Chardonnay is a much-beloved white wine produced in many regions around the world. It’s a wine that’s easy drinking by itself while being able to stand up to food like chicken, pork and fish. This is a white wine with chutzpah! It has a lot of body and flavor and is produced in three distinct styles.
1) UNOAKED CHARDONNAY
This first style comes from grapes grown in cool climates and is generally crisp and citrusy. The wine matures in stainless steel tanks and not in oak barrels.
2) OAKED CHARDONNAY
The second style is produced in warm climates where the grapes become very ripe. The wine matures in oak barrels which rounds out the fruit-forward flavors that develop from the ripe fruit. The oak barrels give the wine a vanilla, toast, and buttery taste profile.
3) CHAMPAGNE OR SPARKLING WINE
The third style is produced either with 100% Chardonnay grapes or with a combination of Chardonnay, Pinot Noir, and Pinot Minieur grapes. Look for Blanc de Blanc on the wine label for 100% Chardonnay sparkling or champagne. Keep in mind, this style is only called Champagne if it is made in the Champagne region of France. All the rest must be labeled sparkling wine.
This extremely popular white wine is produced around the world. Here are a few of the top regions to keep on your radar.
STYLE 1: UNOAKED
France: Burgundy (labeled: Bourgogne Blanc, Chablis (except for Grand Cru and Premier Cru), and Mâcon Villages (usually unoaked))
California: Sonoma Coast (Russian River)
Australia: Margaret River
STYLE 2: OAKED
France: Côte de Beaune region of Burgundy (labeled: Meursault, Puligny-Montrachet, and Chassagne-Montrachet)
California: Napa Valley (Carneros), Paso Robles, Lake County
Australia: Mornington Peninsula, Yarra Valley, Adelaide Hills
STYLE 3: SPARKLING
California: Sonoma Coast (Russian River)
FRANCE: WHERE IT ALL STARTED
Chardonnay originated in the Burgundy region of France. The region produces top-quality Pinot Noir as well. In France, the bottles are labeled by the region where the wine is produced. So, when you see a white Burgundy or Bourgogne that is actually a Chardonnay.
Chablis is another region within Burgundy that produces only Chardonny wine. This region produces the wine in a pure, simplistic style, which rarely touches oak. Look for Chablis on the label or wine list and you’ll know it’s a Chardonnay.
CALIFORNIA: ENTER THE NEW WORLD
Chardonnay from Chateau Montelena put California’s Napa Valley on the map. Perceptions of California wine changed after their victory in the famous 1976 blind tasting in Paris conducted by French judges. For the fun of it, you could host a wine tasting while watching the 2008 movie Bottle Shock that is all about this famous event (and even stars hunky Chris Pine).
AUSTRALIA: NOT TO BE OUTDONE
Heading into the ’70s, Australia focused on producing Chardonnay wine. In the ’80s and '90s it was all about big bold, oaky, and fruity versions of the wine. The world loved it until the world decided to love it no longer. How fickle we are. Australia winemakers pivoted to a lighter, less oaky, less fruity more subtle version of the wine.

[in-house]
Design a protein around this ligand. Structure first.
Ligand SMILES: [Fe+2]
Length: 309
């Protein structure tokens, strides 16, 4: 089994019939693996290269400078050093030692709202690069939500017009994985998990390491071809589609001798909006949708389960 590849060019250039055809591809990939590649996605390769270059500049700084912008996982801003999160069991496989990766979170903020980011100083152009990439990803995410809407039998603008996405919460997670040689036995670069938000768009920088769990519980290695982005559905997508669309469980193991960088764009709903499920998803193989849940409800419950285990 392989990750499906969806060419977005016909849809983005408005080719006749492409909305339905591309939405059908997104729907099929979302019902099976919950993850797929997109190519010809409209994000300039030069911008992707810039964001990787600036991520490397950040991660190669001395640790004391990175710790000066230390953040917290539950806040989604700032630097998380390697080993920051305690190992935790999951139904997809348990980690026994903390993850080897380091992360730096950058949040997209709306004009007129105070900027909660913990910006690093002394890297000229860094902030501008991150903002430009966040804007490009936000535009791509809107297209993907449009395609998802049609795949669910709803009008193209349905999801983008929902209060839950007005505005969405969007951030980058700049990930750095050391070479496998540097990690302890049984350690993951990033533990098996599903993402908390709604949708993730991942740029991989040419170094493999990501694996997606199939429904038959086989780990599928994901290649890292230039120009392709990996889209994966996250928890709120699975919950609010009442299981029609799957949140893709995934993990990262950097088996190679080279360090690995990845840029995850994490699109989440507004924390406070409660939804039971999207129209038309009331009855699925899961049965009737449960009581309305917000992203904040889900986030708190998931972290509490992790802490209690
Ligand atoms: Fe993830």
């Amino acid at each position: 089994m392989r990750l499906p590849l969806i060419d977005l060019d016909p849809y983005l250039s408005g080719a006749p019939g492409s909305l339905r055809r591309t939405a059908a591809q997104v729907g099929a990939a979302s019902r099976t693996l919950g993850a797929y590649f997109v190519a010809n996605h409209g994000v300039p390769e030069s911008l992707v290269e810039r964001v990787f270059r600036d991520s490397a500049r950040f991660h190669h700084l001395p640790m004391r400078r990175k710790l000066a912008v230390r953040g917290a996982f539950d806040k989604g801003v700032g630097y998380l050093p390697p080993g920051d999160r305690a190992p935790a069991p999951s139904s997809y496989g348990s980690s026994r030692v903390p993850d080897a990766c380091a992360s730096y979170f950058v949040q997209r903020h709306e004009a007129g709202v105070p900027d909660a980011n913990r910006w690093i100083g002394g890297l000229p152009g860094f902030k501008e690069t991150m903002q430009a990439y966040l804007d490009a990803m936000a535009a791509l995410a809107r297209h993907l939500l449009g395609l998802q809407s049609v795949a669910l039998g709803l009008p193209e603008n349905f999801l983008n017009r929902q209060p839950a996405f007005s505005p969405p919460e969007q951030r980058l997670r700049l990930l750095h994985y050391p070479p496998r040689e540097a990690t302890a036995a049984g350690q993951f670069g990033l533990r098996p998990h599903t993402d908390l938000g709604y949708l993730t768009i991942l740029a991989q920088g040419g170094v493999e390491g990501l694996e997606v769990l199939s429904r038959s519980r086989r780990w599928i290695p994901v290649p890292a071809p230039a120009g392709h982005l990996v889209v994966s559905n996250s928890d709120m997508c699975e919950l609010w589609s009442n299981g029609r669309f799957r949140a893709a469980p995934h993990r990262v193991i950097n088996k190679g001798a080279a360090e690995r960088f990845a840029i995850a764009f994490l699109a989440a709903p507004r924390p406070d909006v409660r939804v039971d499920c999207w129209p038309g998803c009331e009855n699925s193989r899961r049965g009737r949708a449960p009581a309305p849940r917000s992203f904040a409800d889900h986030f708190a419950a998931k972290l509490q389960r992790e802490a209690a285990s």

The best way to become familiar with this wine is to taste oaked vs unoaked Chardonnay side-by-side. You’ll really pick up on the differences. You can even select the Chardonnay from Chateau Montelena or from Grgich Hills (Mike Grgich was Chateau Montelena’s head winemaker when they won the famous wine competition). Wine from these wineries can be a bit pricey. Expect around $40 a bottle.
Affiliate links are included for your convenience. If you click on a link and make a purchase, I’ll earn a small amount. Your cost is the same with or without the link. Enjoy!
The links below will take you to the specified wine regions on Wine.com.
FRANCE: CHABLIS (NOT PREMIER CRU, OR GRAND CRU CHABLIS)
CALIFORNIA: NAPA VALLEY
AUSTRALIA: MORNINGTON PENINSULA AND YARRA VALLEY
CALIFORNIA: SPARKLING BLANC DE BLANC
Blanc de Blanc means it includes only Chardonnay grapes.
Follow these tasting tips to really understand the differences between the oaked and unoaked Chardonnay. Compare your experience with the typical tasting profiles described here.
Take your glass and tilt it over a white napkin or paper at a 45-degree angle. Compare the color across all regions. Unoaked Chardonnay has a pale lemon color while the oaked style has a deep gold color.
TASTING PROFILE: Range of pale lemon to deep gold.
Let’s see how aromatic this wine is. Hold your glass at your chest and see if you can catch any scent. Then move it to your chin and try to smell. Next, really put your nose in the glass and take a big sniff. What scents do you catch? Swirl the wine and then sniff again. What scents do you catch now?
TASTING PROFILE: Not an aromatic grape. With nose in the glass for oaked Chardonnay, you’ll get stone fruit (peach), tropical fruit (pineapple, banana), vanilla, and toast notes. For unoaked Chardonnay, you’ll get green fruit (apple), citrus, and wet stone aromas.
Take a taste and swirl it in your mouth. What flavors do you taste? After you swallow, how long does the flavor linger and how would you describe those flavors?
Fruit: Ranges from citrus and green fruit to stone fruit and tropical fruit
Acidity (tart, crisp): Medium to high levels (cool climate). Low to medium levels (warm climate)
Tannin (dry, bitter): None
Body (weight, mouthfeel): Medium to full body
Oak vs Stainless Steel: Warm climate usually matures in oak and imparts flavors of vanilla and toast. Cool climate usually matures in steel tanks, which keeps the flavor crisp.
EASY RATING SYSTEM
After you taste each wine, give it a rating using this easy rating system. Add notes to help remember what you liked or didn’t like about the wine.
3pts Good, but not great
1pt Not for me
FOOD & CHEESE PAIRINGS
Find simple tips for pairing food and cheese with Chardonnay. You can even incorporate some of these foods with your wine tasting. Explore the flavors and see how it changes the taste of your wine.